Some patients with high blood pressure can experience an increase of blood pressure by 10
percent or more by taking in salt. These patients are referred to as having
"salt-sensitive" (SS) hypertension.
Previous studies conducted on patients with salt sensitive hypertension suggest that their
portion of the nervous system responsible for maintaining normal blood pressure (autonomic
nervous system) may respond differently to salt than patients with non-salt sensitive (NSS)
This study is designed to examine the response of the nervous system to high doses of salt
in patients with salt-sensitive hypertension and patients with non-salt sensitive
A subset of patients with idiopathic hypertension shows an increase in blood pressure of 10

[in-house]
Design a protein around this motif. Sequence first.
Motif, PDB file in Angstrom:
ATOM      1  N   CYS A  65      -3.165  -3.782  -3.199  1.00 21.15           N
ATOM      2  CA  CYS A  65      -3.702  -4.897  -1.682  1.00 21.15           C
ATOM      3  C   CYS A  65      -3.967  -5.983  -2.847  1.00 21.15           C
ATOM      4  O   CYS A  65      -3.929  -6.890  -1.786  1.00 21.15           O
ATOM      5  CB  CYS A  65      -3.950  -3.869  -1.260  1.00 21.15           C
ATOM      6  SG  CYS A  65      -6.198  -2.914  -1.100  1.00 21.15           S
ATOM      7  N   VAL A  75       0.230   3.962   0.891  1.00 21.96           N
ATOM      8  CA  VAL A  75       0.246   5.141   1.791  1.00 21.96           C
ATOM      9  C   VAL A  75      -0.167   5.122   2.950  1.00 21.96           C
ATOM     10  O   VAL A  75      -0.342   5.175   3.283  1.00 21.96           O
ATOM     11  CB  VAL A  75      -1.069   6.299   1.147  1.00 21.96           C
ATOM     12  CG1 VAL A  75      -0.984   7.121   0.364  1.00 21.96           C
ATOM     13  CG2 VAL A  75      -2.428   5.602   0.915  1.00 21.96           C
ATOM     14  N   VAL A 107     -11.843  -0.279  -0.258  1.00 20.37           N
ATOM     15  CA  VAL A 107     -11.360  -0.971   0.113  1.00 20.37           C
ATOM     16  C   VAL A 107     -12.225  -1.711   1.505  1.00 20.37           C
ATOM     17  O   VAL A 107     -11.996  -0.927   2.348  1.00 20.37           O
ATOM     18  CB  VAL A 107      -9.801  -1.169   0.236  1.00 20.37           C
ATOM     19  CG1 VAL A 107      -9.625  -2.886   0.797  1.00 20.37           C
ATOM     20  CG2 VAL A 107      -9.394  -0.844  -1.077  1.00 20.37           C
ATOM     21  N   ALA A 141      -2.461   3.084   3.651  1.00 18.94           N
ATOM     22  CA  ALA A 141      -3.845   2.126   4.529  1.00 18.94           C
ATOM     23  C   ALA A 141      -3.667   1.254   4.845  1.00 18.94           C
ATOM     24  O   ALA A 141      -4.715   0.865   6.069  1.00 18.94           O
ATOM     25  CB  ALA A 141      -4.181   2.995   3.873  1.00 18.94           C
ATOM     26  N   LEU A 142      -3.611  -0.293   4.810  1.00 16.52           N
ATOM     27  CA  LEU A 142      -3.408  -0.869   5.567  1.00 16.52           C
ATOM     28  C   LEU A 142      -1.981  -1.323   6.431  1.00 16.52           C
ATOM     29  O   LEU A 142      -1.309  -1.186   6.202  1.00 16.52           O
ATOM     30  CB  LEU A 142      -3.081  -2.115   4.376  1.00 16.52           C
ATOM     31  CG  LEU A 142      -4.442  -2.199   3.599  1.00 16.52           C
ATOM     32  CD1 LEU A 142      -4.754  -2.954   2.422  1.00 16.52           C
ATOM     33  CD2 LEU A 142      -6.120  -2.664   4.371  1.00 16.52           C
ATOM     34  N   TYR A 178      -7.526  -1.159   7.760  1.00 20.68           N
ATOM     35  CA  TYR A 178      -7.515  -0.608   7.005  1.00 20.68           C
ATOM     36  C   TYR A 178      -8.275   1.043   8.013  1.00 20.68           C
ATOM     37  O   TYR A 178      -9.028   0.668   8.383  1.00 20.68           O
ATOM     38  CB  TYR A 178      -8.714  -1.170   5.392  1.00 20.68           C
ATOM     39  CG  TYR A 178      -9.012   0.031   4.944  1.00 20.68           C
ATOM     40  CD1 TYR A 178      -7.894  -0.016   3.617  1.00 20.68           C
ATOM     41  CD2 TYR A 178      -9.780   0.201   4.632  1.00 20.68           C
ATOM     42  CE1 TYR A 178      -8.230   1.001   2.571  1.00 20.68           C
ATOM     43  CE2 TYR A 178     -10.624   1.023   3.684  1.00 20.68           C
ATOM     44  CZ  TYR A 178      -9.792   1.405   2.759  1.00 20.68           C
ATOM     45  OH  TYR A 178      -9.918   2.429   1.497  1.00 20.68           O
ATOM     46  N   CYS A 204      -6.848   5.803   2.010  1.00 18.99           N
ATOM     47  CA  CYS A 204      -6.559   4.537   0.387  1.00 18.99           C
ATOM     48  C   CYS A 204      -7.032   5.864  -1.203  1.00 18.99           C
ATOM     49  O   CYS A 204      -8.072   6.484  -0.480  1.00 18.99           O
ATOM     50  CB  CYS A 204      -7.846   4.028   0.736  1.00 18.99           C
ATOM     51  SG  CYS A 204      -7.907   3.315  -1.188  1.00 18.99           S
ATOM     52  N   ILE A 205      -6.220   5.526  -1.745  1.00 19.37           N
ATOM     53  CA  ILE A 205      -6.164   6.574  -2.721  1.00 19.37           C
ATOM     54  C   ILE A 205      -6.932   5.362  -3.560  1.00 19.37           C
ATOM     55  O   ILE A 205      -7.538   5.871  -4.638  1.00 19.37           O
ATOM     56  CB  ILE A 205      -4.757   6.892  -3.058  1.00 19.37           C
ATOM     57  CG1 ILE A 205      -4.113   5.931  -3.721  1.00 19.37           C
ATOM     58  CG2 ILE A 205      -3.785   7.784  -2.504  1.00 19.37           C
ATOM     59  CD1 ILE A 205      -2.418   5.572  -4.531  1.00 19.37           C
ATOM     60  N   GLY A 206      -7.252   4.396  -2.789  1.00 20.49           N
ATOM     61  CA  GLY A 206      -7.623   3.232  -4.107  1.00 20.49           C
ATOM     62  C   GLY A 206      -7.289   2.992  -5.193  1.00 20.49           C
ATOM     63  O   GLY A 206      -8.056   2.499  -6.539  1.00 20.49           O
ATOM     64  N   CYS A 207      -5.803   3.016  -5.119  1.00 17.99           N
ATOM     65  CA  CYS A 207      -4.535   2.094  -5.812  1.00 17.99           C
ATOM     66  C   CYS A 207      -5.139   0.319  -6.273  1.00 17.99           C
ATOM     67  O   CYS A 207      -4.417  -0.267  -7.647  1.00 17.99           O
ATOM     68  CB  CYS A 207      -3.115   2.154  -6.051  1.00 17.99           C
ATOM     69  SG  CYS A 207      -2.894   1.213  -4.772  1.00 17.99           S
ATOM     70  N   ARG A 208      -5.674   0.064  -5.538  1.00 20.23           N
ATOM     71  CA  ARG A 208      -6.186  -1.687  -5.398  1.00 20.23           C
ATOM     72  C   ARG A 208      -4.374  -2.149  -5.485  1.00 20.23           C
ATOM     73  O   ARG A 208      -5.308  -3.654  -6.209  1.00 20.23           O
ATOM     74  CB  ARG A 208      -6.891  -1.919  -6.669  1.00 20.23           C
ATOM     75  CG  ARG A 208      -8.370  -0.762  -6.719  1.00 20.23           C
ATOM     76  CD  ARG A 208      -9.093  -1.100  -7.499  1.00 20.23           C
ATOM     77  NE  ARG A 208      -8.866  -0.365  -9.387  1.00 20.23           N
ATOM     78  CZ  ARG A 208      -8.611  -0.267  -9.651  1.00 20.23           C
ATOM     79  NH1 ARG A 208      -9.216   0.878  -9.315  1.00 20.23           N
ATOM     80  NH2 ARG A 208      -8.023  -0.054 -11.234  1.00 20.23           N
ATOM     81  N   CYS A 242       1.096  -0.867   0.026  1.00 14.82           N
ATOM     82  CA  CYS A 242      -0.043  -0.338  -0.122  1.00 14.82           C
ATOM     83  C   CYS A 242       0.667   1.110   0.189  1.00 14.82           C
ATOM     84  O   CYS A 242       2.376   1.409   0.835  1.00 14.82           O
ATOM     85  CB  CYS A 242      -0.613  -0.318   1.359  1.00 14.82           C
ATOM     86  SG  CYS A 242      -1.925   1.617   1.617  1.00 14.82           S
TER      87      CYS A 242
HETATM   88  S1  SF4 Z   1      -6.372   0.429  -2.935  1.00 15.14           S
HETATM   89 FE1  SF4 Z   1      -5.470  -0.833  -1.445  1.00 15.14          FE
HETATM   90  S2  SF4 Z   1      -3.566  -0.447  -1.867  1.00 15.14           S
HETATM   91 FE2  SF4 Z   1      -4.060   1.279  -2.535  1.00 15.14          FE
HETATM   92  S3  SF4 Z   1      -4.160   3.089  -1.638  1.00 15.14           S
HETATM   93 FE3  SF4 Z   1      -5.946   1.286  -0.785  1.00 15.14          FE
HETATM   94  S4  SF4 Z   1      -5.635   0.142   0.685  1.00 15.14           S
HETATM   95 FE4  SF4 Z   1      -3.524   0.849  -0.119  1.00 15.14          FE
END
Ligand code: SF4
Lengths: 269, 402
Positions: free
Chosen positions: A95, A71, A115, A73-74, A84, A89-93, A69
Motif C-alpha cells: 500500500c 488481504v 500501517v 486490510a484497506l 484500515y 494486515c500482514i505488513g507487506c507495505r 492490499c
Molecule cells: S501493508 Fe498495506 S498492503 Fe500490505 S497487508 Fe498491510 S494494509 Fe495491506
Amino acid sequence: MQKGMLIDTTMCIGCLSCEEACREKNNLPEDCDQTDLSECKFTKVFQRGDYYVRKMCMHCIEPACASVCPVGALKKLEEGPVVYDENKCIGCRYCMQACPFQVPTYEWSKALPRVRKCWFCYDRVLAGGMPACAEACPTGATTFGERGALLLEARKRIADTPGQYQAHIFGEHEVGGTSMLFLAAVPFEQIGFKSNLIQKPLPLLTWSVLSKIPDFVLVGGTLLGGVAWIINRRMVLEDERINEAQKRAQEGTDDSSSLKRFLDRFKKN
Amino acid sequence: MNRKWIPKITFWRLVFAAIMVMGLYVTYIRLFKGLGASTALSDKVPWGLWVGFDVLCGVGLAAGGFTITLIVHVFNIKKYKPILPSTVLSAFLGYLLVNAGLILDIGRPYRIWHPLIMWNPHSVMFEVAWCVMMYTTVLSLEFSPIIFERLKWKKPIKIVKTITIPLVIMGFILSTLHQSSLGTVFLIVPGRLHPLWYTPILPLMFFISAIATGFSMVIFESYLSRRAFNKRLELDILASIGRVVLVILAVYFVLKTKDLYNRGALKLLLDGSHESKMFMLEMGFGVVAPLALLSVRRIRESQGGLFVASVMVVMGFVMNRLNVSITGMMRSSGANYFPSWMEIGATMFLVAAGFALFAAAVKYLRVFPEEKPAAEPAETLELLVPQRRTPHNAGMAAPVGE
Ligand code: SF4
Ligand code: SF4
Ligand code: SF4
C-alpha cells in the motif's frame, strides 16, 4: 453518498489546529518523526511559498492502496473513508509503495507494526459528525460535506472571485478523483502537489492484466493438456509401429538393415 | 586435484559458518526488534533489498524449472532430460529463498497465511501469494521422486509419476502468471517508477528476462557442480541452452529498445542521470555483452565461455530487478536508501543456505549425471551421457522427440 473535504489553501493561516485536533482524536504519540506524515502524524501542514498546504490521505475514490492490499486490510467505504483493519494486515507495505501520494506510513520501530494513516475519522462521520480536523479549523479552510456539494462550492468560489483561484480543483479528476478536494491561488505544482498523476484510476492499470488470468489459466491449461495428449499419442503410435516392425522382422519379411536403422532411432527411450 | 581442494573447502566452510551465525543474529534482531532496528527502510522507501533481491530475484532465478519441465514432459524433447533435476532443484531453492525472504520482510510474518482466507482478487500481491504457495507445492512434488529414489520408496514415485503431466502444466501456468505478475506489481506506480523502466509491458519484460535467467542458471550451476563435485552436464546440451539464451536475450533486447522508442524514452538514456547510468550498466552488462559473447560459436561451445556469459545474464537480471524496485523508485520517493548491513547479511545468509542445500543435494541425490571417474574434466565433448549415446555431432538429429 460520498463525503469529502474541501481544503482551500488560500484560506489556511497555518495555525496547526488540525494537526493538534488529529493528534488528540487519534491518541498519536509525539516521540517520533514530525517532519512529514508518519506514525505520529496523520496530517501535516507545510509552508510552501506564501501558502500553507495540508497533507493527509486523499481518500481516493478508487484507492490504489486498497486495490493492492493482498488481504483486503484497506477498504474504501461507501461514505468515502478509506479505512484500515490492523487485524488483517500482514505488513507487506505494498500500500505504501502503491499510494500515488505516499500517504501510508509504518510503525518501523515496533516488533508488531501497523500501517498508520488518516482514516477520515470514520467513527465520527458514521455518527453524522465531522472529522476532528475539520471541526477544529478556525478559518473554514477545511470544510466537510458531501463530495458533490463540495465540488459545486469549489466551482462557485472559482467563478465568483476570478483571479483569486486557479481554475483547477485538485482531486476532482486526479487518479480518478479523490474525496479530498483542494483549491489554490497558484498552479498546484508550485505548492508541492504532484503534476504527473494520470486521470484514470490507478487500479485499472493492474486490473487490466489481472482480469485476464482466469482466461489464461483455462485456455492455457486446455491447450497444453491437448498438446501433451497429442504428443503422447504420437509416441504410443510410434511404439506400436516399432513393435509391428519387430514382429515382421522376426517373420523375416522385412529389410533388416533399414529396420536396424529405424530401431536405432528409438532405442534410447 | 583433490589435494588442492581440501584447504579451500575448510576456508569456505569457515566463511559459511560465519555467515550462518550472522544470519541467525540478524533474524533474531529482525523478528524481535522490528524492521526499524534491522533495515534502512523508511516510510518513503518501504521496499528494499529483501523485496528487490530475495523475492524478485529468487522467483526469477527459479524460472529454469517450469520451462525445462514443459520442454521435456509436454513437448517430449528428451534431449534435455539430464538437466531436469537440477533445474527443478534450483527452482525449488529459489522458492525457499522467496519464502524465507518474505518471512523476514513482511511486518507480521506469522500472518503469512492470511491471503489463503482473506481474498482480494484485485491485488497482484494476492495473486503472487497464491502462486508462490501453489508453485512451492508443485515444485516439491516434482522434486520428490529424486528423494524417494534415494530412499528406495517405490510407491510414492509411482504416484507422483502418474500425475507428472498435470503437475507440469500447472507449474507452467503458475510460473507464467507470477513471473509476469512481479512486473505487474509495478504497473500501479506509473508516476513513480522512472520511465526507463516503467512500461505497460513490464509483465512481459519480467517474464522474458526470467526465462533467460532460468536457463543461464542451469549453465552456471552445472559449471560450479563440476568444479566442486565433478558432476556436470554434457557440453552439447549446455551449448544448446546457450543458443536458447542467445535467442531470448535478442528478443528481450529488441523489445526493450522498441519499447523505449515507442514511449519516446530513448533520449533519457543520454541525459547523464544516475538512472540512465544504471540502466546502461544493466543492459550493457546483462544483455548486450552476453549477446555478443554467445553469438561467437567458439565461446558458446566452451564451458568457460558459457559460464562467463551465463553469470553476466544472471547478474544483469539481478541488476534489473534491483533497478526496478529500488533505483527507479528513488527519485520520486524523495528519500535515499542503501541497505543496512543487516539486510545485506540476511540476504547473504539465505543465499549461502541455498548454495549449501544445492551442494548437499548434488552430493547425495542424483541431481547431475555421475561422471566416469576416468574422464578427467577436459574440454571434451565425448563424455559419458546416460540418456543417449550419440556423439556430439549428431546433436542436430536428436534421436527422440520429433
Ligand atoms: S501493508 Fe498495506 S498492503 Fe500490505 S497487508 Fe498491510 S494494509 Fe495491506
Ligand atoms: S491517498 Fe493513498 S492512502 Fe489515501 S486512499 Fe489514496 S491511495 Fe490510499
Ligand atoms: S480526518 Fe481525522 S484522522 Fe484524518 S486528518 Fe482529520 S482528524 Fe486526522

percent or more in response to salt-loading and have been termed "salt-sensitive" (SS).
Limited studies of adrenergic function in response to salt-loading suggest that the response
of SS patients may differ from that of non-salt sensitive (NSS) patients. The present
studies were designed to examine the response of the adrenergic and dopaminergic systems to
salt-loading in SS and NSS patients with idiopathic hypertension.
Eligibility criteria not identified in protocol.